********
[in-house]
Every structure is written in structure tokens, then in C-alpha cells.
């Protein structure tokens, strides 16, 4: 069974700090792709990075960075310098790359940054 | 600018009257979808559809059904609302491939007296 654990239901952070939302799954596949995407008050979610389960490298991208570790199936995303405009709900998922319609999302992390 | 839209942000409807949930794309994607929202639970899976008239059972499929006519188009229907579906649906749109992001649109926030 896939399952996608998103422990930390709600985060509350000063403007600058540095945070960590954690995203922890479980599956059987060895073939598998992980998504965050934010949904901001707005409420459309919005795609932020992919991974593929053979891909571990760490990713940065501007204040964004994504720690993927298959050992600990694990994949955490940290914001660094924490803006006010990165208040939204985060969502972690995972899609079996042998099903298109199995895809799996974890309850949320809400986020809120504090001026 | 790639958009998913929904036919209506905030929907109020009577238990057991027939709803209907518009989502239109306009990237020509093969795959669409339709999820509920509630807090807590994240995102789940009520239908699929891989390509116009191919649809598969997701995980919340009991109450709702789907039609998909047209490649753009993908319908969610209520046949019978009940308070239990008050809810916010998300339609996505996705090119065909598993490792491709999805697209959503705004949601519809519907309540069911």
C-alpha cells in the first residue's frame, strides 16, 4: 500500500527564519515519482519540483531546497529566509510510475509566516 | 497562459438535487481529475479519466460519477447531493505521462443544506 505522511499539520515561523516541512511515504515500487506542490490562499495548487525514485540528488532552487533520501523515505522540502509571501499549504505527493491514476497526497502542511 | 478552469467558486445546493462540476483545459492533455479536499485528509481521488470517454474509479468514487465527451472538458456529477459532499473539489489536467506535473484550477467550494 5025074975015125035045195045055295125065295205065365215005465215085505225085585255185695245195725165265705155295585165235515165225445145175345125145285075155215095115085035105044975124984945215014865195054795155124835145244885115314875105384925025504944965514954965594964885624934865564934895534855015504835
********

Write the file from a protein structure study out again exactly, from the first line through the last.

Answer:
[in-house]
Every structure is written in structure tokens, then in C-alpha cells.
């Protein structure tokens, strides 16, 4: 069974700090792709990075960075310098790359940054 | 600018009257979808559809059904609302491939007296 654990239901952070939302799954596949995407008050979610389960490298991208570790199936995303405009709900998922319609999302992390 | 839209942000409807949930794309994607929202639970899976008239059972499929006519188009229907579906649906749109992001649109926030 896939399952996608998103422990930390709600985060509350000063403007600058540095945070960590954690995203922890479980599956059987060895073939598998992980998504965050934010949904901001707005409420459309919005795609932020992919991974593929053979891909571990760490990713940065501007204040964004994504720690993927298959050992600990694990994949955490940290914001660094924490803006006010990165208040939204985060969502972690995972899609079996042998099903298109199995895809799996974890309850949320809400986020809120504090001026 | 790639958009998913929904036919209506905030929907109020009577238990057991027939709803209907518009989502239109306009990237020509093969795959669409339709999820509920509630807090807590994240995102789940009520239908699929891989390509116009191919649809598969997701995980919340009991109450709702789907039609998909047209490649753009993908319908969610209520046949019978009940308070239990008050809810916010998300339609996505996705090119065909598993490792491709999805697209959503705004949601519809519907309540069911």
C-alpha cells in the first residue's frame, strides 16, 4: 500500500527564519515519482519540483531546497529566509510510475509566516 | 497562459438535487481529475479519466460519477447531493505521462443544506 505522511499539520515561523516541512511515504515500487506542490490562499495548487525514485540528488532552487533520501523515505522540502509571501499549504505527493491514476497526497502542511 | 478552469467558486445546493462540476483545459492533455479536499485528509481521488470517454474509479468514487465527451472538458456529477459532499473539489489536467506535473484550477467550494 5025074975015125035045195045055295125065295205065365215005465215085505225085585255185695245195725165265705155295585165235515165225445145175345125145285075155215095115085035105044975124984945215014865195054795155124835145244885115314875105384925025504944965514954965594964885624934865564934895534855015504835